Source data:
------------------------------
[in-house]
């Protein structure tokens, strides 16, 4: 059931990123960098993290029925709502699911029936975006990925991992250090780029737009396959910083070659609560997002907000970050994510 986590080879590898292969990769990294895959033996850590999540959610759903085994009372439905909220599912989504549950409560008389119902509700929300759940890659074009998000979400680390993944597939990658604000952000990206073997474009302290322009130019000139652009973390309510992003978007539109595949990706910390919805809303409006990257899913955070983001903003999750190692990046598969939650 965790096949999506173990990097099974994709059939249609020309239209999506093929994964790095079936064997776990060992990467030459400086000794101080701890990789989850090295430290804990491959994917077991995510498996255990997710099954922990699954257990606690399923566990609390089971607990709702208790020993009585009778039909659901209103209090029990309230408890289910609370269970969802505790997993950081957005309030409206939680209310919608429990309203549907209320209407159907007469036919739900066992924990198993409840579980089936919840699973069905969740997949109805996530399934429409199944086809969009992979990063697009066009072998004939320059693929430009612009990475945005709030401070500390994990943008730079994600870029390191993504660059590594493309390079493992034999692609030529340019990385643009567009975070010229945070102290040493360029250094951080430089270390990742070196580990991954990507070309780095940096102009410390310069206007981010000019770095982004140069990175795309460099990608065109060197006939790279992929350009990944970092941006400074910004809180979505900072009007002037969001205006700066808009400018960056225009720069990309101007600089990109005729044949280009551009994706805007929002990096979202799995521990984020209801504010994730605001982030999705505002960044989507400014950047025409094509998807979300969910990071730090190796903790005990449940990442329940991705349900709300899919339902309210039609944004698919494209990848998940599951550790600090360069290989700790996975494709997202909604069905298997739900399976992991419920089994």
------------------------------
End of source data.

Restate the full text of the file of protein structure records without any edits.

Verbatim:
[in-house]
């Protein structure tokens, strides 16, 4: 059931990123960098993290029925709502699911029936975006990925991992250090780029737009396959910083070659609560997002907000970050994510 986590080879590898292969990769990294895959033996850590999540959610759903085994009372439905909220599912989504549950409560008389119902509700929300759940890659074009998000979400680390993944597939990658604000952000990206073997474009302290322009130019000139652009973390309510992003978007539109595949990706910390919805809303409006990257899913955070983001903003999750190692990046598969939650 965790096949999506173990990097099974994709059939249609020309239209999506093929994964790095079936064997776990060992990467030459400086000794101080701890990789989850090295430290804990491959994917077991995510498996255990997710099954922990699954257990606690399923566990609390089971607990709702208790020993009585009778039909659901209103209090029990309230408890289910609370269970969802505790997993950081957005309030409206939680209310919608429990309203549907209320209407159907007469036919739900066992924990198993409840579980089936919840699973069905969740997949109805996530399934429409199944086809969009992979990063697009066009072998004939320059693929430009612009990475945005709030401070500390994990943008730079994600870029390191993504660059590594493309390079493992034999692609030529340019990385643009567009975070010229945070102290040493360029250094951080430089270390990742070196580990991954990507070309780095940096102009410390310069206007981010000019770095982004140069990175795309460099990608065109060197006939790279992929350009990944970092941006400074910004809180979505900072009007002037969001205006700066808009400018960056225009720069990309101007600089990109005729044949280009551009994706805007929002990096979202799995521990984020209801504010994730605001982030999705505002960044989507400014950047025409094509998807979300969910990071730090190796903790005990449940990442329940991705349900709300899919339902309210039609944004698919494209990848998940599951550790600090360069290989700790996975494709997202909604069905298997739900399976992991419920089994």